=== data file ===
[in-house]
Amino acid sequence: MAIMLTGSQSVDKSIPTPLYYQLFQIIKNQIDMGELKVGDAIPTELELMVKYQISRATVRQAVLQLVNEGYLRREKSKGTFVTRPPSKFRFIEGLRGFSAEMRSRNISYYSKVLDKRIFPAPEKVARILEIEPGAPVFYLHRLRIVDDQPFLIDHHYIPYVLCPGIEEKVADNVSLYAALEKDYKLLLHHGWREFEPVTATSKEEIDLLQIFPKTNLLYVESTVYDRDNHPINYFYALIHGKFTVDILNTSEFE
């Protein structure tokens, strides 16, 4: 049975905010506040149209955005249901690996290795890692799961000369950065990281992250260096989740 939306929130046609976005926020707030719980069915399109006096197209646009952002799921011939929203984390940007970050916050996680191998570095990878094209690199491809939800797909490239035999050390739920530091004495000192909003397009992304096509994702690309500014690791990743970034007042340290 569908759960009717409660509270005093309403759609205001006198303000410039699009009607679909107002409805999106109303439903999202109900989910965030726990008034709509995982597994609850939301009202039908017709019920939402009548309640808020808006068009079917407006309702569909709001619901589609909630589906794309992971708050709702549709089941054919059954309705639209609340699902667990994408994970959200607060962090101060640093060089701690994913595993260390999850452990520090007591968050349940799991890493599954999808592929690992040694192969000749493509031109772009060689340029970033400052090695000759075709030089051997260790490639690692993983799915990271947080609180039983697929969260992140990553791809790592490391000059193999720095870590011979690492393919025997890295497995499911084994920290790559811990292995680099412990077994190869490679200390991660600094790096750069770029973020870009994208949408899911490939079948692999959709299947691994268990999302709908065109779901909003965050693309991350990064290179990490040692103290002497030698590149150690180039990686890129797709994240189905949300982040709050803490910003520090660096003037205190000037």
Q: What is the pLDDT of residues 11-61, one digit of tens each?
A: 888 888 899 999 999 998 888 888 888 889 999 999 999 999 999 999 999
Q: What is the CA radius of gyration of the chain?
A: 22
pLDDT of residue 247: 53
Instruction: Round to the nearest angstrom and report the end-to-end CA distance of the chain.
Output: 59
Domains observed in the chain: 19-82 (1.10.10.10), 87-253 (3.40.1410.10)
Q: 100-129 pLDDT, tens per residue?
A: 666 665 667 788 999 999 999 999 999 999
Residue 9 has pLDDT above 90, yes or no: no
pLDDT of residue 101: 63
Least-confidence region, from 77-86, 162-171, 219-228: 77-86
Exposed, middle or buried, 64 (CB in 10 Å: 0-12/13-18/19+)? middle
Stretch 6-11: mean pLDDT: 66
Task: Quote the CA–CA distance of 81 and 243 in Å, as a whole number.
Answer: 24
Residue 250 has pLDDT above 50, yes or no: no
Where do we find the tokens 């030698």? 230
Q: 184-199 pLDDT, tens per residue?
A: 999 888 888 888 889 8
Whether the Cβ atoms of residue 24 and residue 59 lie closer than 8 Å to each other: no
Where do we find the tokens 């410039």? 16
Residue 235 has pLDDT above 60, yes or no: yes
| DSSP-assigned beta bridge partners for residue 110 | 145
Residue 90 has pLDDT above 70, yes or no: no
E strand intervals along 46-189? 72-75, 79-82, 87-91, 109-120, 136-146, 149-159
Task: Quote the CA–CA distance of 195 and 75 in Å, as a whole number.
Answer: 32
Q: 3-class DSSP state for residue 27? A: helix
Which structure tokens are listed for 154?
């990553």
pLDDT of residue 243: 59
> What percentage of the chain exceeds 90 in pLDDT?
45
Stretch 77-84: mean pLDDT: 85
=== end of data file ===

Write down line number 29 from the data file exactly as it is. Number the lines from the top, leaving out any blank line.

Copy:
Residue 90 has pLDDT above 70, yes or no: no